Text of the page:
With wildfire season cooling down in Alaska and heating up in the western United States, the Alaska Division of Forestry and U.S. Forest Service are deploying a handful of initial attack crews to the Lower 48 to assist with firefighting efforts there.
Five initial attack crews will board a National Interagency Coordination Center jet in Anchorage on Wednesday morning to fly to the National Interagency Fire Center in Boise, Idaho. From there, crews will be assigned to different fires around the western U.S.
The five crews heading south include the Pioneer Peak Interagency Hotshot Crew, the Gannett Glacier Type 2 Initial Attack Crew, the Tanana Chiefs Conference T2 IA Crew, the Yukon T2 IA Crew, all from the Division of Forestry, and the Region 10 T2 IA Crew from the U.S. Forest Service. Each crew consists of approximately 20 firefighters.
Wildland fire managers in Alaska are confident there are sufficient personnel and aircraft remaining in the state to respond to any wildfires that occur.
Because its fire season starts and ends earlier than most western states, Alaska routinely sends crews and other firefighting personnel to the Lower 48 in July, August and September when activity wanes here. Last year, Alaska sent approximately 400 personnel to western states to assist with wildfire suppression.
Alaska’s wildfire season has been a largely uneventful one thus far. A cool and prolonged spring made for a slow start to the season and combined with the lack of any extended period of hot, dry weather, has kept fire activity relatively quiet around much of the state for most of the season. As of Tuesday morning, 288 wildfires had burned an estimated 272,000 acres across Alaska. In an average season, Alaska has approximately 500 fires that burn roughly 1.2 million acres.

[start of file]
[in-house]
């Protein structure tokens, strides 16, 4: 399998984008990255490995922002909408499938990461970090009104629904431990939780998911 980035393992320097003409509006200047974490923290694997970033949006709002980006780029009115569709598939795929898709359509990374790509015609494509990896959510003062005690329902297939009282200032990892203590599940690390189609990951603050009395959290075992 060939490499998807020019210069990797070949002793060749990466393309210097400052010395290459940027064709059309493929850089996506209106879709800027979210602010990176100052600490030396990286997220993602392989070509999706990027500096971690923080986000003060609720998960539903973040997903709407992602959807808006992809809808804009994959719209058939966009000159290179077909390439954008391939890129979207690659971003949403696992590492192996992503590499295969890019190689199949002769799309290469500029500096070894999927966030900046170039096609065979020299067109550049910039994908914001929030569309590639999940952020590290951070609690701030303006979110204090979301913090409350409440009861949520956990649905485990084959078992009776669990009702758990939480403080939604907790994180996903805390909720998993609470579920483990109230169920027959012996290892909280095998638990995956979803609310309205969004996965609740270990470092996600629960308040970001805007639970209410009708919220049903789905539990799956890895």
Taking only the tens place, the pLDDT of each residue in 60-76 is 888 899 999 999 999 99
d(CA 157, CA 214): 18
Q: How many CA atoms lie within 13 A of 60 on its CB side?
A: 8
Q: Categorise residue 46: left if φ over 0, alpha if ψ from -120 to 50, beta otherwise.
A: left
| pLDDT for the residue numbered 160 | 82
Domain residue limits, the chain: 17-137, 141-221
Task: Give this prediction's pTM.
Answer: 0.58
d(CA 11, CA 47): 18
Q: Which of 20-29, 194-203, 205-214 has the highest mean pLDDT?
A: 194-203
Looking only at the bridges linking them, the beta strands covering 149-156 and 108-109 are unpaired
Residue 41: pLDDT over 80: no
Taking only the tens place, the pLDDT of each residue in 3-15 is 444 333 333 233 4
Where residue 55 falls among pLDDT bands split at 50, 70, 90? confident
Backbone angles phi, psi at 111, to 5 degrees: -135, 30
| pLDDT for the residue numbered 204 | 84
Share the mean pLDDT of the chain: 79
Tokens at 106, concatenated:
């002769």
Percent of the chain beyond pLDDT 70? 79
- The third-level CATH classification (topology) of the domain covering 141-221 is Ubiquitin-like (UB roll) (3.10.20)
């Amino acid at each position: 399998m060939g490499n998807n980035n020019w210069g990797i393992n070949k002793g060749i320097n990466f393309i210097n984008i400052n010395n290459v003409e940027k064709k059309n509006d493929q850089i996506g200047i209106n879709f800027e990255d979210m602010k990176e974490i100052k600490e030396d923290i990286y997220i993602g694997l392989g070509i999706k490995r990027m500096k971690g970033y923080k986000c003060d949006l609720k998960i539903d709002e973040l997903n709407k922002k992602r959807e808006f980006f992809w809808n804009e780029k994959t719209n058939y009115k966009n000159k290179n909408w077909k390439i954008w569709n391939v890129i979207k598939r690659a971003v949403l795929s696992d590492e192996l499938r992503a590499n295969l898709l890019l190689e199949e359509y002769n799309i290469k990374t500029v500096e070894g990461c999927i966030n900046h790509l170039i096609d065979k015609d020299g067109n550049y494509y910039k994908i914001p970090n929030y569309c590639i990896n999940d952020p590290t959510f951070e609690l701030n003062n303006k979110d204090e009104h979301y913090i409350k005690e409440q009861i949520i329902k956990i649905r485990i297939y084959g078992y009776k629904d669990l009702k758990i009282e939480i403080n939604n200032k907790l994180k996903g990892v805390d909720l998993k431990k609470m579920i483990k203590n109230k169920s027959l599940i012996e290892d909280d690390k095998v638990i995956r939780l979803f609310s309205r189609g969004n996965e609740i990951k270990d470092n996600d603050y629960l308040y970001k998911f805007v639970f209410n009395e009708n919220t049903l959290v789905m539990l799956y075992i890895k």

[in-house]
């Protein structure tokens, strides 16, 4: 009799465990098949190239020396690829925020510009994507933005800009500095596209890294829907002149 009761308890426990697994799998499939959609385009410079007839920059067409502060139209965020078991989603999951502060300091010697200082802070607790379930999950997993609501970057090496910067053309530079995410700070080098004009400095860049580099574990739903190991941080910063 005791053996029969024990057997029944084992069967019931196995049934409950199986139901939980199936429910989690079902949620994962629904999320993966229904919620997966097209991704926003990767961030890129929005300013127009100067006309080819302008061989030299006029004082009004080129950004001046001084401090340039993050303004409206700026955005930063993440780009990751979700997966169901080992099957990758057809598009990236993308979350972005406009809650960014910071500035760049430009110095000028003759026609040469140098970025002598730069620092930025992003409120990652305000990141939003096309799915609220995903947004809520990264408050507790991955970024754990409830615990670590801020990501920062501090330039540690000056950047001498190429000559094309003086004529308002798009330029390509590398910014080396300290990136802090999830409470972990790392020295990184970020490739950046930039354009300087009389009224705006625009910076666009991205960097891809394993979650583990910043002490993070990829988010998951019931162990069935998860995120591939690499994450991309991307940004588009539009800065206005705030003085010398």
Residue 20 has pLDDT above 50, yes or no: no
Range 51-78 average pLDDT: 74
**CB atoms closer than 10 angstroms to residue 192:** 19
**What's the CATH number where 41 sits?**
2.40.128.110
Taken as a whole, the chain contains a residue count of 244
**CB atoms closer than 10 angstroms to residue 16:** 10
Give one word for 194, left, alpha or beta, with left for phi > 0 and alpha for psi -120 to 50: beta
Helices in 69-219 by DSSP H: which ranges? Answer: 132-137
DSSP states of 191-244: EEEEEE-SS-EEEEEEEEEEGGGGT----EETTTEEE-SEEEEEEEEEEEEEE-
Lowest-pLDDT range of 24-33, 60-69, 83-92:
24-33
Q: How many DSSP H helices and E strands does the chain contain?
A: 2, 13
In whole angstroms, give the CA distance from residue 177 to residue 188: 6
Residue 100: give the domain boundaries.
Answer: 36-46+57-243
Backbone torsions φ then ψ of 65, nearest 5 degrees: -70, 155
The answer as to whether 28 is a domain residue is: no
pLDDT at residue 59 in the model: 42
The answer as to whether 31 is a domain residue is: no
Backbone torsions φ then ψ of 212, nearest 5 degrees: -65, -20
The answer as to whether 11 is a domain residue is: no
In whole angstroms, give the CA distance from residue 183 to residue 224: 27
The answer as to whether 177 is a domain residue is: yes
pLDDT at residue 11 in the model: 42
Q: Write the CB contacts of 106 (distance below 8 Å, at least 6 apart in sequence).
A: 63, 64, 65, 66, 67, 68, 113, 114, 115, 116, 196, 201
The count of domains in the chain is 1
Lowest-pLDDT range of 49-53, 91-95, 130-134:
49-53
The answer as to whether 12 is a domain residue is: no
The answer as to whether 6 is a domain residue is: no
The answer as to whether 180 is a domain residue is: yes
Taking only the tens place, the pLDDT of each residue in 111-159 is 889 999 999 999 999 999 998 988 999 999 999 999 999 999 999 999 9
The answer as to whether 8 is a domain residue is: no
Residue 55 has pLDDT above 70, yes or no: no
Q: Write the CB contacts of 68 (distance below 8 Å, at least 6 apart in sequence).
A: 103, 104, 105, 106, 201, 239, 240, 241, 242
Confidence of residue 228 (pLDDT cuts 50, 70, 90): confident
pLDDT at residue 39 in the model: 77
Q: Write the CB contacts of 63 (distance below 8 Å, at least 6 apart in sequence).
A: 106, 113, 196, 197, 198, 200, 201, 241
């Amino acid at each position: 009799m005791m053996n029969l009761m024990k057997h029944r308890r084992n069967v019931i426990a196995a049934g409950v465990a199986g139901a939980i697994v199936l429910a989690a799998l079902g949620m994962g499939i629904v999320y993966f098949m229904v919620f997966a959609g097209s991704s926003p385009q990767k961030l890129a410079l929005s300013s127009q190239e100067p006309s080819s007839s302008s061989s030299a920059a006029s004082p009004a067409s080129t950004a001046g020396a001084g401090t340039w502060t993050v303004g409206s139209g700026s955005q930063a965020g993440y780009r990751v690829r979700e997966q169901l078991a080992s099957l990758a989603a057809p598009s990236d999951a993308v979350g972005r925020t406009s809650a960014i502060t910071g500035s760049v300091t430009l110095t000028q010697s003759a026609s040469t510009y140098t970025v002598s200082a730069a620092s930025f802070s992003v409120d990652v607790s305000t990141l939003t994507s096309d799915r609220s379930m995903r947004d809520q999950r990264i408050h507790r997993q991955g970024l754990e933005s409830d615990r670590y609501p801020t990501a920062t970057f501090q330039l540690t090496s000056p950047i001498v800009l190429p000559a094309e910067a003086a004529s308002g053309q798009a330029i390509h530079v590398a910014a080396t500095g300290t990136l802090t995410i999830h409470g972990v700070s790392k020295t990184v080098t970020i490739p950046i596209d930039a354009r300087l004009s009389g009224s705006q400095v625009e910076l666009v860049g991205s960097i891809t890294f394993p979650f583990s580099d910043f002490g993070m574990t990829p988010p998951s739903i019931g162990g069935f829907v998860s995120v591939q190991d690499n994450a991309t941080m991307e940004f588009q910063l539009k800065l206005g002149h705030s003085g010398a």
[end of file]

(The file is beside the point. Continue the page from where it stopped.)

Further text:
A series of low pressure systems moving in from the Bering Sea has resulted in cooler, damper weather across much of the state in the past week and that weather pattern is expected to continue into next week. In the event warm, dry conditions return and elevate the fire danger in Alaska, managers are prepared to recall resources being sent to the Lower 48 if needed.
Sufficient resources will remain in Alaska to deal with any wildfire activity that does arise here. Approximately 50 smokejumpers and two hotshot crews, both with BLM Alaska Fire Service, will remain in state as will the Division of Forestry’s White Mountain Type 2 Initial Attack Crew, and two Type 2 training crews, the North Star Fire Crew from BLM and the UAF Nanooks Wildland Fire Crew from the Division of Forestry. All five of those crews are currently working on two fires burning in the Yukon Flats north of Fairbanks but are available for initial attack if needed. The state also has 20 Type 2 Emergency Firefighting hand crews to call upon should the need arise.
The Division of Forestry and BLM AFS also have multiple firefighting aircraft on contract that remain in Alaska. The Division of Forestry has two air retardant tankers on call – one in Palmer and one in Fairbanks – and BLM AFS has four water-scooping aircraft on contract at Fort Wainwright in Fairbanks. Both agencies also have several contract helicopters that are strategically located around the state for initial attack response through early August.
In addition to the five crews heading south on Wednesday, approximately 40 other firefighting personnel from the Division of Forestry are already in the Lower 48 working on fires. Those personnel are filling a variety of overhead and support positions.
Thirty large, uncontained fires are currently burning in 12 western states and more than 15,600 personnel have been deployed to combat them.
CONTACT: Tim Mowry, 907-356-5512, email@example.com.